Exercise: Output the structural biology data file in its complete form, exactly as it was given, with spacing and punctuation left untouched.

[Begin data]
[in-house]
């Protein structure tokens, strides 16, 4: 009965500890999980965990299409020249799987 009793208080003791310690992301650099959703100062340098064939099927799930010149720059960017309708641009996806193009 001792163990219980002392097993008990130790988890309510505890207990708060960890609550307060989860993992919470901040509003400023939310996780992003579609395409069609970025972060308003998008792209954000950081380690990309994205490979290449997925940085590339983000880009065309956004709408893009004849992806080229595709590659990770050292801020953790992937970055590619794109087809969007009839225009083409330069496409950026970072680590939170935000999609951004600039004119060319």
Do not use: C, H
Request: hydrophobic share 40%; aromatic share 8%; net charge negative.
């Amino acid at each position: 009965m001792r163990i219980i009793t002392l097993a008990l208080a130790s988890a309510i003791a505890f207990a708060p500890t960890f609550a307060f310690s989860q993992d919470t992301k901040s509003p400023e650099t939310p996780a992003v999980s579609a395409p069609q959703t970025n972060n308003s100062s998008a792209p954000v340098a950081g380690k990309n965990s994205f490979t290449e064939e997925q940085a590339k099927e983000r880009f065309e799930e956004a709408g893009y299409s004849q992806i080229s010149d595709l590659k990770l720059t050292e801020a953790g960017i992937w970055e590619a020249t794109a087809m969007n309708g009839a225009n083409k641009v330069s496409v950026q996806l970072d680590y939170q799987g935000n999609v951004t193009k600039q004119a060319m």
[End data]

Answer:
[in-house]
């Protein structure tokens, strides 16, 4: 009965500890999980965990299409020249799987 009793208080003791310690992301650099959703100062340098064939099927799930010149720059960017309708641009996806193009 001792163990219980002392097993008990130790988890309510505890207990708060960890609550307060989860993992919470901040509003400023939310996780992003579609395409069609970025972060308003998008792209954000950081380690990309994205490979290449997925940085590339983000880009065309956004709408893009004849992806080229595709590659990770050292801020953790992937970055590619794109087809969007009839225009083409330069496409950026970072680590939170935000999609951004600039004119060319």
Do not use: C, H
Request: hydrophobic share 40%; aromatic share 8%; net charge negative.
């Amino acid at each position: 009965m001792r163990i219980i009793t002392l097993a008990l208080a130790s988890a309510i003791a505890f207990a708060p500890t960890f609550a307060f310690s989860q993992d919470t992301k901040s509003p400023e650099t939310p996780a992003v999980s579609a395409p069609q959703t970025n972060n308003s100062s998008a792209p954000v340098a950081g380690k990309n965990s994205f490979t290449e064939e997925q940085a590339k099927e983000r880009f065309e799930e956004a709408g893009y299409s004849q992806i080229s010149d595709l590659k990770l720059t050292e801020a953790g960017i992937w970055e590619a020249t794109a087809m969007n309708g009839a225009n083409k641009v330069s496409v950026q996806l970072d680590y939170q799987g935000n999609v951004t193009k600039q004119a060319m």